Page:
How to make $100,000+ per year as a travel nurse.

According to the BLS, the average annual salary of a registered nurse is $75,510. To be noted, this average takes into account the average of annual salaries from all 50 states – so it includes salaries from $58,340 in South Dakota to salaries in the highest paying state, California, at $106,950, on average. Quite a difference, right? But what does a TRAVEL NURSE make? Well, let’s just say that you don’t have to move to California permanently to make that much! Here are a couple of options on how to make at least six figures as a travel nurse.


Scenario 1: $108,000 per year

1. Take travel nurse assignments that are at least $2,100 per week. This is incredibly easy to do, as long as you’re not too picky about your location. Let your recruiter know up front what your salary requirements are so he or she can send you the best options. You may need to consider adding a few more state licenses to open your options up.

2. Don’t take more than 4 weeks off per year. By doing this, you will be committing yourself to 48 weeks of work at $2,100 per week = $100,800 annually. (Bonus: Don’t forget that a significant portion of your salary is nontaxable as well!)

Scenario 2: $117,000 per year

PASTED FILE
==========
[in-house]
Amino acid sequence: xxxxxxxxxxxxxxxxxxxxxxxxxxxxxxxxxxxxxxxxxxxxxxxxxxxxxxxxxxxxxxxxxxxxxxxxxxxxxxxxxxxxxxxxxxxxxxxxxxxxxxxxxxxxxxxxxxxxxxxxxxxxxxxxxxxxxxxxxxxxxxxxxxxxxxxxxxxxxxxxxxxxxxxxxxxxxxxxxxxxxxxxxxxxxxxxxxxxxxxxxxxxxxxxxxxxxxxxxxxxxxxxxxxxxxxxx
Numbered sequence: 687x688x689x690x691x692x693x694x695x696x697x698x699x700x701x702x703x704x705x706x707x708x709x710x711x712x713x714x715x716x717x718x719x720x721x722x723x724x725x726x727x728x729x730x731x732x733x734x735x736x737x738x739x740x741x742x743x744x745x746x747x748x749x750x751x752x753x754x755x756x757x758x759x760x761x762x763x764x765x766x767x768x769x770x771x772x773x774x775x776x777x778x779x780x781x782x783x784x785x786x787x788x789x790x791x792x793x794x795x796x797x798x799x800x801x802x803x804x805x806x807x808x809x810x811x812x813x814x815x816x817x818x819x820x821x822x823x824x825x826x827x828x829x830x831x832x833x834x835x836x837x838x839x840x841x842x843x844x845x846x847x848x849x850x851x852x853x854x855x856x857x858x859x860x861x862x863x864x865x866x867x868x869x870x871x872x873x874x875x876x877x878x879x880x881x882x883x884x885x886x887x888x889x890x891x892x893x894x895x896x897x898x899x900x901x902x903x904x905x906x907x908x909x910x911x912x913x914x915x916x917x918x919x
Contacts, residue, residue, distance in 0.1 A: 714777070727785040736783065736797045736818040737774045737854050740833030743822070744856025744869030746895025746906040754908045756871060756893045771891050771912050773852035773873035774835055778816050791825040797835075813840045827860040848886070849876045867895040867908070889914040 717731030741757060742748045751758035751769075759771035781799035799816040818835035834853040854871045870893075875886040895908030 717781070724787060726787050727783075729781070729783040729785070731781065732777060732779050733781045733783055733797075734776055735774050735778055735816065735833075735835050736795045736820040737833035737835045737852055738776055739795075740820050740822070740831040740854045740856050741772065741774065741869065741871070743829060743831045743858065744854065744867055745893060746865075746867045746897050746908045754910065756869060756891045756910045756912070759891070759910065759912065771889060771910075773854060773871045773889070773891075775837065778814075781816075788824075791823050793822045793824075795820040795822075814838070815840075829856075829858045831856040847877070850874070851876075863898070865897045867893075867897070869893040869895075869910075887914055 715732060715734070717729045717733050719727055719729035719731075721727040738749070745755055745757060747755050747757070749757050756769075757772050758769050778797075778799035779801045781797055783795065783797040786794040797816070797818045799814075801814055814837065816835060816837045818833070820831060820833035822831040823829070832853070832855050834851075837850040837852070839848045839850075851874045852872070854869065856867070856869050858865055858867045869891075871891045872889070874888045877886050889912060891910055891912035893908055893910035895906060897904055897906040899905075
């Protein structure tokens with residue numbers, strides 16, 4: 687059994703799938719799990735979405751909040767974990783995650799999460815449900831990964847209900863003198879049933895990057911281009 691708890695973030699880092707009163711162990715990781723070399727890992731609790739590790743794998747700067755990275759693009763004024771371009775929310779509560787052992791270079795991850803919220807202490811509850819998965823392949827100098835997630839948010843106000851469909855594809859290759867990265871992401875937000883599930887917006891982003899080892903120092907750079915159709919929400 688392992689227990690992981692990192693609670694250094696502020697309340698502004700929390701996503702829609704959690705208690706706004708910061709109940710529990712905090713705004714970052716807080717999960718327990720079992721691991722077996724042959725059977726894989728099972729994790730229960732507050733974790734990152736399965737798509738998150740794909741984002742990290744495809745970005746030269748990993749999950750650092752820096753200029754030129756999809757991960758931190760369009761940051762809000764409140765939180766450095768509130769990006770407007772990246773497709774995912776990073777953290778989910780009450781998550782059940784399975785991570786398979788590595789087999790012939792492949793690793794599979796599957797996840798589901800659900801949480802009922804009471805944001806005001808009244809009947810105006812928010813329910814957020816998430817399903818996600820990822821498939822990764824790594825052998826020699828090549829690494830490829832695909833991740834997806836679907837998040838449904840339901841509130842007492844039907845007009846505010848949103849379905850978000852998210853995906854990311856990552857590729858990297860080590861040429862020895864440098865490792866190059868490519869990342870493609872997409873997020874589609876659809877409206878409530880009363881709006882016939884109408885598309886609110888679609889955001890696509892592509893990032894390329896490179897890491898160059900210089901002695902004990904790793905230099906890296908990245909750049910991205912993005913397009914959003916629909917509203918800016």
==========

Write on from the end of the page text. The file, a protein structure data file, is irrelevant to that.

1. Take travel nurse assignments that pay at least $3,000 per week. With the current state of nursing, this is also not difficult to do, especially if you are open to going anywhere. You may have to work 48 hours per week on assignment, but it would totally be worth it when you realize how much time you could take off doing this and still meet your income goals.

2. This would mean you could take just three 13-week travel assignments per year, so actually bringing in $117,000 per year gross.

3. You could still take 4-5 weeks off in-between assignments. Perfect for picking up shifts back at your home hospital or doing that backpacking trip across Thailand you’ve always wanted to do.

Scenario 3: The sky is the limit!

If you’re really just wanting to max out your income potential, here are a few ways to do that.

1. Pick up all the overtime you can. Make sure you check with your recruiter on what the overtime rate is first.

2. Take off the least amount of time possible between assignments. By being in contact with your recruiter, you can easily line up an extension or new assignment to start immediately after your current assignment ends.

3. Work a strike. Strikes can be a bit unpredictable, but if you’re able to work one, you can count on an amazing paycheck.

4. Look for sign-on or completion bonuses. Some facilities will throw in a sort of bonus on top of salary. Ask your recruiter if he or she has any of those assignments available.